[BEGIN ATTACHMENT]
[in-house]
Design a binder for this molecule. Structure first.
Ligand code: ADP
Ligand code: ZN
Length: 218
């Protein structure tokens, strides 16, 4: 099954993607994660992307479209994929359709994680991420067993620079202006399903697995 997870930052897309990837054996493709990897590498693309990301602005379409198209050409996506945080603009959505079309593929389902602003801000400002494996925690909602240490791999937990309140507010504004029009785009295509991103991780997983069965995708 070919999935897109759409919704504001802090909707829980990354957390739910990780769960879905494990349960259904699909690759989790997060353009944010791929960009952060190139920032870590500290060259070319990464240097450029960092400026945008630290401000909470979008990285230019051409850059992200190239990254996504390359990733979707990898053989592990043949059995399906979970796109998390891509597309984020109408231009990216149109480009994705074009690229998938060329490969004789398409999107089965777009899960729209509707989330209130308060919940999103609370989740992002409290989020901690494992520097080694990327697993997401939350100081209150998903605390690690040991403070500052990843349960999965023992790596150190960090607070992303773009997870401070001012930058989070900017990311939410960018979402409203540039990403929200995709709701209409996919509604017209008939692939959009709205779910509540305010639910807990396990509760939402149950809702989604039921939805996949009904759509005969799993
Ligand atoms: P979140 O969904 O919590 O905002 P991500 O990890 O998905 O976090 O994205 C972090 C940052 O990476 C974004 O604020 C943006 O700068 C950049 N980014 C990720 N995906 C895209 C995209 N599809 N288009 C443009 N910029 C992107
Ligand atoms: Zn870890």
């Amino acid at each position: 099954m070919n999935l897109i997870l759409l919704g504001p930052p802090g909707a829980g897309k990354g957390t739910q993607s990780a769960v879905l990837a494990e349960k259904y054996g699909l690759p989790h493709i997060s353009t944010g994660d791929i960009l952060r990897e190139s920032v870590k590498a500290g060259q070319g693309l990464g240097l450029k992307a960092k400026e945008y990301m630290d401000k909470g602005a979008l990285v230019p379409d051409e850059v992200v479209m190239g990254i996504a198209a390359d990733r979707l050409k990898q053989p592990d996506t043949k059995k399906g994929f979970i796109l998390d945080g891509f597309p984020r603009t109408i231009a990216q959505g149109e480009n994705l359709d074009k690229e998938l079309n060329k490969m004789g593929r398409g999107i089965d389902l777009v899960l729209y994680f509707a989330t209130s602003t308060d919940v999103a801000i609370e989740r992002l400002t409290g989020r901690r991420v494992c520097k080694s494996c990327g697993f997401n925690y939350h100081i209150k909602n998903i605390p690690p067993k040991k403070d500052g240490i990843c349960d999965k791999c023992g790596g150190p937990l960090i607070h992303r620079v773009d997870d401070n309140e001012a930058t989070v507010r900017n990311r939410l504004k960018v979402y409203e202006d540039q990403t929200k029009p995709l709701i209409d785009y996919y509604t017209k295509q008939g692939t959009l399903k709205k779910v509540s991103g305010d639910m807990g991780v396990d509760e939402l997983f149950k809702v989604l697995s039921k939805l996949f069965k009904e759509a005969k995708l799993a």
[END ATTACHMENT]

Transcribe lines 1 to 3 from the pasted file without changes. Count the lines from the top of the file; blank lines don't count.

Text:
[in-house]
Design a binder for this molecule. Structure first.
Ligand code: ADP